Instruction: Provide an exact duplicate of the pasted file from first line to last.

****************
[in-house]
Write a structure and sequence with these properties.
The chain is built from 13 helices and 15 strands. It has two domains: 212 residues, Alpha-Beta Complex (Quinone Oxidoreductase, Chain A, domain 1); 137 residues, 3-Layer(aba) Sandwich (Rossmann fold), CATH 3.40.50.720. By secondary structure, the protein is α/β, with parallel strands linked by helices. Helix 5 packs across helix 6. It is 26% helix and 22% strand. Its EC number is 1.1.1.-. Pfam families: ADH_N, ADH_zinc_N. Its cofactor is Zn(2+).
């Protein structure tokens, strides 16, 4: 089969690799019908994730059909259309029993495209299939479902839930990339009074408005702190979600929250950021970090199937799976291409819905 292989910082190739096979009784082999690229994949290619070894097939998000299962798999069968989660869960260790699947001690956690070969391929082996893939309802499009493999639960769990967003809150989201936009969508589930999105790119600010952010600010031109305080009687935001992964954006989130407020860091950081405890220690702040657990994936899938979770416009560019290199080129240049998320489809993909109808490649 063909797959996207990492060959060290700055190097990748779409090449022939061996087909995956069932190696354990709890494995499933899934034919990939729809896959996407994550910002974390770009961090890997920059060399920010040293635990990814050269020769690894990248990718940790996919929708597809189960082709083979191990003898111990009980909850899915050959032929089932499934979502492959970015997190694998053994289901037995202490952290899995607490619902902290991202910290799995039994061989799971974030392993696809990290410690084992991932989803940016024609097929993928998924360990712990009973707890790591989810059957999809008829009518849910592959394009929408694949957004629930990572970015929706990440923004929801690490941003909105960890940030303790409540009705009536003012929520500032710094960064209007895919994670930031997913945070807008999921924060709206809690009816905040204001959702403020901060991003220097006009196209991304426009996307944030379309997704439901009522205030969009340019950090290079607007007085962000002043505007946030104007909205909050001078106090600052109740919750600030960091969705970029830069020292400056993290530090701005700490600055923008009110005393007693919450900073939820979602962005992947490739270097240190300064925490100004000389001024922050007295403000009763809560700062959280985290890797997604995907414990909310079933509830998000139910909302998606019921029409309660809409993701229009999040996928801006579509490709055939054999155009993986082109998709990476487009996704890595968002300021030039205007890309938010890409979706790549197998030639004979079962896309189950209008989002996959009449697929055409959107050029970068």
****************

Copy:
[in-house]
Write a structure and sequence with these properties.
The chain is built from 13 helices and 15 strands. It has two domains: 212 residues, Alpha-Beta Complex (Quinone Oxidoreductase, Chain A, domain 1); 137 residues, 3-Layer(aba) Sandwich (Rossmann fold), CATH 3.40.50.720. By secondary structure, the protein is α/β, with parallel strands linked by helices. Helix 5 packs across helix 6. It is 26% helix and 22% strand. Its EC number is 1.1.1.-. Pfam families: ADH_N, ADH_zinc_N. Its cofactor is Zn(2+).
């Protein structure tokens, strides 16, 4: 089969690799019908994730059909259309029993495209299939479902839930990339009074408005702190979600929250950021970090199937799976291409819905 292989910082190739096979009784082999690229994949290619070894097939998000299962798999069968989660869960260790699947001690956690070969391929082996893939309802499009493999639960769990967003809150989201936009969508589930999105790119600010952010600010031109305080009687935001992964954006989130407020860091950081405890220690702040657990994936899938979770416009560019290199080129240049998320489809993909109808490649 063909797959996207990492060959060290700055190097990748779409090449022939061996087909995956069932190696354990709890494995499933899934034919990939729809896959996407994550910002974390770009961090890997920059060399920010040293635990990814050269020769690894990248990718940790996919929708597809189960082709083979191990003898111990009980909850899915050959032929089932499934979502492959970015997190694998053994289901037995202490952290899995607490619902902290991202910290799995039994061989799971974030392993696809990290410690084992991932989803940016024609097929993928998924360990712990009973707890790591989810059957999809008829009518849910592959394009929408694949957004629930990572970015929706990440923004929801690490941003909105960890940030303790409540009705009536003012929520500032710094960064209007895919994670930031997913945070807008999921924060709206809690009816905040204001959702403020901060991003220097006009196209991304426009996307944030379309997704439901009522205030969009340019950090290079607007007085962000002043505007946030104007909205909050001078106090600052109740919750600030960091969705970029830069020292400056993290530090701005700490600055923008009110005393007693919450900073939820979602962005992947490739270097240190300064925490100004000389001024922050007295403000009763809560700062959280985290890797997604995907414990909310079933509830998000139910909302998606019921029409309660809409993701229009999040996928801006579509490709055939054999155009993986082109998709990476487009996704890595968002300021030039205007890309938010890409979706790549197998030639004979079962896309189950209008989002996959009449697929055409959107050029970068």